Fitter30

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Do you mean the vertical distance to the indoor air handlers in the attic or, since everything is currently in a/c mode, do you mean the distance to the highest hot water outlet in the house?

The basement height is 9' and the boiler is about 16" off the floor. The first floor height is 10' and the second floor height is 9'. The air handlers in the attic are just above the floor, so perhaps the hot water has to rise 2' above the second floor ceiling. So the height to the attic air handlers is about (108" - 16") + 120" + 108" + 24" = 344". To a shower head on the second floor would be around 290".
Water is 2.31 feet per lb 24.2 ' 10.5 lbs add 4 lbs
15 lbs all your system needs and expansion tank air pressure. Still need to check gauges or replace them then fill the system, reset fill valve 15 lbs and bleed all the air out then run zone pumps to let air scoop do its job 24 hours. Fire boilers.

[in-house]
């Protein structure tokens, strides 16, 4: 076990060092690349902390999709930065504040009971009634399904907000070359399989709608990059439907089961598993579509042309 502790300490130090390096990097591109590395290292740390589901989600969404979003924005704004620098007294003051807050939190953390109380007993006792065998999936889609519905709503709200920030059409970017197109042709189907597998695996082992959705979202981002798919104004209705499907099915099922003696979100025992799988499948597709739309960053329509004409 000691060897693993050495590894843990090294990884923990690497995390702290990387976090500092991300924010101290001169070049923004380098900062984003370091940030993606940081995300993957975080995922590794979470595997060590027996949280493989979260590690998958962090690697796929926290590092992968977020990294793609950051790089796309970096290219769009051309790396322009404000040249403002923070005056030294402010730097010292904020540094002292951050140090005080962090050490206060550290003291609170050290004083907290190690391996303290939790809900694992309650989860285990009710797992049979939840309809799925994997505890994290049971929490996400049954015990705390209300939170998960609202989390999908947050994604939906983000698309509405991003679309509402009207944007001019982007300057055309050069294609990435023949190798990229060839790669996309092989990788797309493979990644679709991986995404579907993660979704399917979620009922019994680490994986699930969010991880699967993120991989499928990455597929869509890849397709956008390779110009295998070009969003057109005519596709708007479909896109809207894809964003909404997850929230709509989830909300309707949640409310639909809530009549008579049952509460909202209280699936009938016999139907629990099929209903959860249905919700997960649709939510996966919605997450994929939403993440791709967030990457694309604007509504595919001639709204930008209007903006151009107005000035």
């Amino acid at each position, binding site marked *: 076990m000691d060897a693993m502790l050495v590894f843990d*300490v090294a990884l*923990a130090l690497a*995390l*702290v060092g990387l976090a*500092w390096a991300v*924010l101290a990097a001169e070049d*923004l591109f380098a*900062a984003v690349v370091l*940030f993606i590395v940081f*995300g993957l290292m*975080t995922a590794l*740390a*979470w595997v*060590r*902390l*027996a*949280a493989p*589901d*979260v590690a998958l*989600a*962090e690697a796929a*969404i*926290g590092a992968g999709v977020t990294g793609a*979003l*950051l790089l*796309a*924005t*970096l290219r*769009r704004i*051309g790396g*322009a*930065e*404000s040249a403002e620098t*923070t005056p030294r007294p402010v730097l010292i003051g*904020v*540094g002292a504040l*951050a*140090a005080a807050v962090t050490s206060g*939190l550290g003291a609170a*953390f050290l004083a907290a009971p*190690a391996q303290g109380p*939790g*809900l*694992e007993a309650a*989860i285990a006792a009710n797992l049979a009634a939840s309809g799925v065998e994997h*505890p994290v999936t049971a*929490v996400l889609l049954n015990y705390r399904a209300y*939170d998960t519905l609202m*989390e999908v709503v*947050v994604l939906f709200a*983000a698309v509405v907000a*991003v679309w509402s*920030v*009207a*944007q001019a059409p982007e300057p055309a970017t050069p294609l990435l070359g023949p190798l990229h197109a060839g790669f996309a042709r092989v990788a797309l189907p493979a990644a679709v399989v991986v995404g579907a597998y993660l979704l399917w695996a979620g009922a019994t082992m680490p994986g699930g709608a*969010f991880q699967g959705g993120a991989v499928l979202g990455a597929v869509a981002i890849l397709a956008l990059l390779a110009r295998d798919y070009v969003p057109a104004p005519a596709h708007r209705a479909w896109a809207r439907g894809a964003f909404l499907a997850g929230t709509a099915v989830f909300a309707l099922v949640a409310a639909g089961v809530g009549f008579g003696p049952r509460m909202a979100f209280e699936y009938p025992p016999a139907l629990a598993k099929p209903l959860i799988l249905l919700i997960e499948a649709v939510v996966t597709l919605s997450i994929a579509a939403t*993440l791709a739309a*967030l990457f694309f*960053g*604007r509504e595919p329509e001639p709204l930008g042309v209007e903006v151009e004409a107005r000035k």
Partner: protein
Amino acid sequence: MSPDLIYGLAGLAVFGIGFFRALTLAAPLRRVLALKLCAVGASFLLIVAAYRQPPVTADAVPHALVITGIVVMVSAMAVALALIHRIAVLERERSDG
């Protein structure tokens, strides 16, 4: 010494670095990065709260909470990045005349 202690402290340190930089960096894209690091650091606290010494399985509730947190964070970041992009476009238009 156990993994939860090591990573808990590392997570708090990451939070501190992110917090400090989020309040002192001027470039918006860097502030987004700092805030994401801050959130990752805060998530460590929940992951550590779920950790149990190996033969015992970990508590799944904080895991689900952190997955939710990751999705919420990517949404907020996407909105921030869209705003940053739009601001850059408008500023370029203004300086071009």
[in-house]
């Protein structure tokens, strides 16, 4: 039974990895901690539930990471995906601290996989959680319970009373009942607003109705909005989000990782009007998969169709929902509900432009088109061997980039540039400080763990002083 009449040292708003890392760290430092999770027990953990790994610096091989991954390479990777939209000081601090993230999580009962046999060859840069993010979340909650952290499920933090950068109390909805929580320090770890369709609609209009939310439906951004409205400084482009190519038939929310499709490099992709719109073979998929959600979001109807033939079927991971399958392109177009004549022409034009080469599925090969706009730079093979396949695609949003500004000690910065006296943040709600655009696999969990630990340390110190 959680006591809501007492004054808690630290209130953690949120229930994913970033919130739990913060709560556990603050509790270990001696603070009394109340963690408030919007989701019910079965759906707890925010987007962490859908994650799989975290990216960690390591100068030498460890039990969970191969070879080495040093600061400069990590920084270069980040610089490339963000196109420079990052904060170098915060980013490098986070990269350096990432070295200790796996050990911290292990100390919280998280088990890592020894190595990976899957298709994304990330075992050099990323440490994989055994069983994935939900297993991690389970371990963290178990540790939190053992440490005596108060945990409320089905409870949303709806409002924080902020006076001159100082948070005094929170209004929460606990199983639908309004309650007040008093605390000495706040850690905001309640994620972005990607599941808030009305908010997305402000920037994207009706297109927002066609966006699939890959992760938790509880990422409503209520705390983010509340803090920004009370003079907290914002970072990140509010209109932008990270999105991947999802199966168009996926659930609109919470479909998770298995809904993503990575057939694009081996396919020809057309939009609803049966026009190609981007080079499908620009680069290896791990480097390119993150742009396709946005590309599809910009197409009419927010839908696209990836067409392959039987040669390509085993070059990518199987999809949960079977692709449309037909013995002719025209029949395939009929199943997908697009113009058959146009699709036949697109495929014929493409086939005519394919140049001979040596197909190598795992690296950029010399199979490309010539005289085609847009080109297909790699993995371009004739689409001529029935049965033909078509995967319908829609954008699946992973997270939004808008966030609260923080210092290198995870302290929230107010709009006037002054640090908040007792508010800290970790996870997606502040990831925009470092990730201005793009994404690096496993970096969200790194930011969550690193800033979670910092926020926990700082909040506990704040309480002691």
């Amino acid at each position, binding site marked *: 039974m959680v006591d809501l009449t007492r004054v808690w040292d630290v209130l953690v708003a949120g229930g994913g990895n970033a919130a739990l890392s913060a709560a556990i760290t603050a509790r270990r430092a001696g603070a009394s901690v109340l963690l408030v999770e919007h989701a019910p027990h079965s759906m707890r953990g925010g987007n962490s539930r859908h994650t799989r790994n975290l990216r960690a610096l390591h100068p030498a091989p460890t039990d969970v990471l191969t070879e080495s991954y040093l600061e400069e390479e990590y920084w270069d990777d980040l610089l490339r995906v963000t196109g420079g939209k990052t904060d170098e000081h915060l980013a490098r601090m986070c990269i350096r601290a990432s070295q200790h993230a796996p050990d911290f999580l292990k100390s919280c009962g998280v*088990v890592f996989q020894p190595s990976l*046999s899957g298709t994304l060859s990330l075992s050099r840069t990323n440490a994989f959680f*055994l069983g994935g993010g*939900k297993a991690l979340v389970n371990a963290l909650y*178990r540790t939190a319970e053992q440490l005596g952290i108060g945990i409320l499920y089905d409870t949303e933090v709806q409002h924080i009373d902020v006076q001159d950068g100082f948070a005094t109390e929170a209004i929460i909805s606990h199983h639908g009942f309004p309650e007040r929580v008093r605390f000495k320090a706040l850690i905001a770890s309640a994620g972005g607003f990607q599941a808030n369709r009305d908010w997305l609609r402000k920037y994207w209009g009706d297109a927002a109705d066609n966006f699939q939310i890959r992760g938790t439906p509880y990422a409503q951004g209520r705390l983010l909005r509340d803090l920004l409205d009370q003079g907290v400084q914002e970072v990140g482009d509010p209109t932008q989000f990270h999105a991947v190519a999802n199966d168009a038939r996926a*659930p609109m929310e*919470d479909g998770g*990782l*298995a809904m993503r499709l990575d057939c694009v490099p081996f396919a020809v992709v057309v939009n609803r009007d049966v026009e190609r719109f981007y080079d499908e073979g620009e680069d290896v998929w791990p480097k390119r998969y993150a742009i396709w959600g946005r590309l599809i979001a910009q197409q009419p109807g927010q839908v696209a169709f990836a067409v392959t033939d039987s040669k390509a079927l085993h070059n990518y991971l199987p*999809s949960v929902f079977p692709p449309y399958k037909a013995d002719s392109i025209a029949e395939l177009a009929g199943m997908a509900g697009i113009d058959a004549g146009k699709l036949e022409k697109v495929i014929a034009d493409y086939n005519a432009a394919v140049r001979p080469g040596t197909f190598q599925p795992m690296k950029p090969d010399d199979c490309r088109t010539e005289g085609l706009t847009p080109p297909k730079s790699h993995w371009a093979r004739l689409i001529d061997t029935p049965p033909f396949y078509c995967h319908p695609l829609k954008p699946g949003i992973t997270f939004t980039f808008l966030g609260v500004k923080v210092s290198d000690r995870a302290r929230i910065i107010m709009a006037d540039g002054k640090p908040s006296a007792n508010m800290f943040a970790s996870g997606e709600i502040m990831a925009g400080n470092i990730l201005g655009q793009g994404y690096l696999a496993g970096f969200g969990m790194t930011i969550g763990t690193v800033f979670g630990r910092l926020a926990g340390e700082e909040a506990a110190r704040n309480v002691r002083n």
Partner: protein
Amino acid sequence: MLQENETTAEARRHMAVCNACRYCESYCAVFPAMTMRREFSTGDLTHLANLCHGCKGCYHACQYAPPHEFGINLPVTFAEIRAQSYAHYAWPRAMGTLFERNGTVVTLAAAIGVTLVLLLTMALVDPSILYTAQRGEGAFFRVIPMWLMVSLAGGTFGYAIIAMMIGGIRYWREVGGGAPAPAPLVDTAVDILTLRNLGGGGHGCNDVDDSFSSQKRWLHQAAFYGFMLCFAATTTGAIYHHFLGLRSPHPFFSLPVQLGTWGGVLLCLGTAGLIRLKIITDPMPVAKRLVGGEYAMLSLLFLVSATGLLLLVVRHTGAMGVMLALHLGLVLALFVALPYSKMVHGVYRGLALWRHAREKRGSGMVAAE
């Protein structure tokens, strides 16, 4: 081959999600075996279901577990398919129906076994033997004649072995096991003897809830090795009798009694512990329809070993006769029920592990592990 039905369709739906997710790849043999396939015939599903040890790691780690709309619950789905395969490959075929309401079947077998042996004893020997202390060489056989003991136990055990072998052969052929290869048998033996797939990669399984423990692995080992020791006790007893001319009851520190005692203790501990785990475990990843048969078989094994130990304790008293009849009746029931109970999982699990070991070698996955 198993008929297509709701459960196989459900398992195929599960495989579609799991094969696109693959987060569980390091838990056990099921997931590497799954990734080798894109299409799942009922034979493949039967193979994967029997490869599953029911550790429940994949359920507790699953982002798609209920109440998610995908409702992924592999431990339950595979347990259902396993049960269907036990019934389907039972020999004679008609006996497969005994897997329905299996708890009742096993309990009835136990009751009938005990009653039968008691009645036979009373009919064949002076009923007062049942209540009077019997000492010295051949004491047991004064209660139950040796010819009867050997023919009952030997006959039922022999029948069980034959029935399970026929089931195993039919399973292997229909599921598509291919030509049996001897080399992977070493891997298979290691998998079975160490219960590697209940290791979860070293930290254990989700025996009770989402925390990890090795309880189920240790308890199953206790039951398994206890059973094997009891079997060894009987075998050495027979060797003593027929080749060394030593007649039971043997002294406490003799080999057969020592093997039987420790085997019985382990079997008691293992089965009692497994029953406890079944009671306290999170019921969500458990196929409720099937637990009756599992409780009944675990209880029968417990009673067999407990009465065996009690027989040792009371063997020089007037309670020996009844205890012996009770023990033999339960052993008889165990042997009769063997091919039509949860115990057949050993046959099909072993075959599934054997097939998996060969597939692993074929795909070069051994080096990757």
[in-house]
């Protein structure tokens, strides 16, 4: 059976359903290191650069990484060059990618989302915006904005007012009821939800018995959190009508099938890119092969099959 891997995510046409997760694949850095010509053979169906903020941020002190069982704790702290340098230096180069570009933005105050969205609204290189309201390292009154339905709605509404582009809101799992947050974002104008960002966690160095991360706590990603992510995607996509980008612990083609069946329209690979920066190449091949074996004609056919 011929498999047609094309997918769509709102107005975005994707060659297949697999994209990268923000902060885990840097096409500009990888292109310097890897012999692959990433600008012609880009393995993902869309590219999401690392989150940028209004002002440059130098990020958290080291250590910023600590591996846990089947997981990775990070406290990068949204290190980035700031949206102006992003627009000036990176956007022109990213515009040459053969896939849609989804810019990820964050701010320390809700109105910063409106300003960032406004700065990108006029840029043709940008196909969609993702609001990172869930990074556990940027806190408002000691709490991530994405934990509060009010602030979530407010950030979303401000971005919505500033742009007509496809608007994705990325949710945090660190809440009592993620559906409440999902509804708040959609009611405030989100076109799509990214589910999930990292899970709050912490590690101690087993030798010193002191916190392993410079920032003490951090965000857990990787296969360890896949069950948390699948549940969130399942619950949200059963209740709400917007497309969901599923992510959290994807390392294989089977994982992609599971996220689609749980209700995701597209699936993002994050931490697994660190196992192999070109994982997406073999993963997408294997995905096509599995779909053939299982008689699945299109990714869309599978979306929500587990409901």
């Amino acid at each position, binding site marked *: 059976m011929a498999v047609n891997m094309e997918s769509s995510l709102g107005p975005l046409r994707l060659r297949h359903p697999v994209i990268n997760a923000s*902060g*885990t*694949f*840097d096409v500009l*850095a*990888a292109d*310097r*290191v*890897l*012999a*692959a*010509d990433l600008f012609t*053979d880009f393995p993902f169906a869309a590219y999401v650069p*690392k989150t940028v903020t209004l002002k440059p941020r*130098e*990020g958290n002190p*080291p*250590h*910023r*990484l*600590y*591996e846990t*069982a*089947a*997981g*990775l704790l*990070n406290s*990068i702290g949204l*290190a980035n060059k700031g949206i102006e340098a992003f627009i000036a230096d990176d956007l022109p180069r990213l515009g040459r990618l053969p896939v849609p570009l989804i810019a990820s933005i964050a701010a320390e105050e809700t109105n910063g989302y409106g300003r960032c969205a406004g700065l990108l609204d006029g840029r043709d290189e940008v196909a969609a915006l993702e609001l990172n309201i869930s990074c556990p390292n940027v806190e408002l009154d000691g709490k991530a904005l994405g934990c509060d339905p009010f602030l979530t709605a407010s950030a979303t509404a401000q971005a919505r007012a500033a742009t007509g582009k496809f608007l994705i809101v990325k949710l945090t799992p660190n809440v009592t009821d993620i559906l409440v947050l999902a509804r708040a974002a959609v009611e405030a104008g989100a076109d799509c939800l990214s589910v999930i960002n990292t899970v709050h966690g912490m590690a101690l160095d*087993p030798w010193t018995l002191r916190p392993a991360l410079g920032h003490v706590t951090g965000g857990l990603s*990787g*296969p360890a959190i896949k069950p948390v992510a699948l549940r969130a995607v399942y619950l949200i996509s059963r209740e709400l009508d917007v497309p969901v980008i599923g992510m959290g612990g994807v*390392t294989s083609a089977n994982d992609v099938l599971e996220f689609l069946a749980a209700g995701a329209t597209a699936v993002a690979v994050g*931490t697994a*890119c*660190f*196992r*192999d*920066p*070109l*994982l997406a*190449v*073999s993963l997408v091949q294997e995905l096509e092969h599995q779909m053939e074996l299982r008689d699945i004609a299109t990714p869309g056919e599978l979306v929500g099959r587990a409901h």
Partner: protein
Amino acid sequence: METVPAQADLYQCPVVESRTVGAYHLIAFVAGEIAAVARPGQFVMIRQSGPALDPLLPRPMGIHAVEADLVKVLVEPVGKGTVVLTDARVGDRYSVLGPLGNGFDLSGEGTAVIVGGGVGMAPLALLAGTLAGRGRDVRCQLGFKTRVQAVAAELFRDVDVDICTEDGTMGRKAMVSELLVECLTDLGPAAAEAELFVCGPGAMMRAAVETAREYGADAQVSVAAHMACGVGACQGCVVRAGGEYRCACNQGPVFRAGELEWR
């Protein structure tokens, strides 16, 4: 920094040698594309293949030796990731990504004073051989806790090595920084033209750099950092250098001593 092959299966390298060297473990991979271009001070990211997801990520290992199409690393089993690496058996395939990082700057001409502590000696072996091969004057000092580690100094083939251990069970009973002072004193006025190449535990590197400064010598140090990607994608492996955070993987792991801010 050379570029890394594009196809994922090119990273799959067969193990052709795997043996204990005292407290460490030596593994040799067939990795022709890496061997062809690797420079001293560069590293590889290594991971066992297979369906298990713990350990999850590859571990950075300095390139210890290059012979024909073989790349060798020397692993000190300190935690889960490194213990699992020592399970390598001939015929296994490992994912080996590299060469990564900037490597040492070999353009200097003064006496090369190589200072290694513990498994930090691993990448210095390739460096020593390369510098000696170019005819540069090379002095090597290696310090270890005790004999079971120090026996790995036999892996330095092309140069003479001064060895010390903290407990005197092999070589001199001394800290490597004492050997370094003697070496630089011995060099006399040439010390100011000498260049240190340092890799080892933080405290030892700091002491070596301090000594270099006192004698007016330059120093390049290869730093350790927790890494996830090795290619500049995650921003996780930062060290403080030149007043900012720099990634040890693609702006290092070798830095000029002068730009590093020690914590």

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Jeff H Young

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not the issue that dosent fix anything . Why dont the 2 boilers have equall pressure? and how do we know those numbers are correct meaning the actuall pressure ? not the theoretical prefered pressure which is important too
 

momentumep

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not the issue that dosent fix anything . Why dont the 2 boilers have equall pressure? and how do we know those numbers are correct meaning the actuall pressure ? not the theoretical prefered pressure which is important too
Right. I did have a chronic problem of the boiler on the right constantly overflowing (which I was procrastinating making a service call about), but then I inadvertently fixed the problem, which made me to take a closer look. How could adding insulation have possibly fixed the problem? That's when I noticed the pressure differential, did some googling about boiler pressure and posted my question: Why are the pressures different?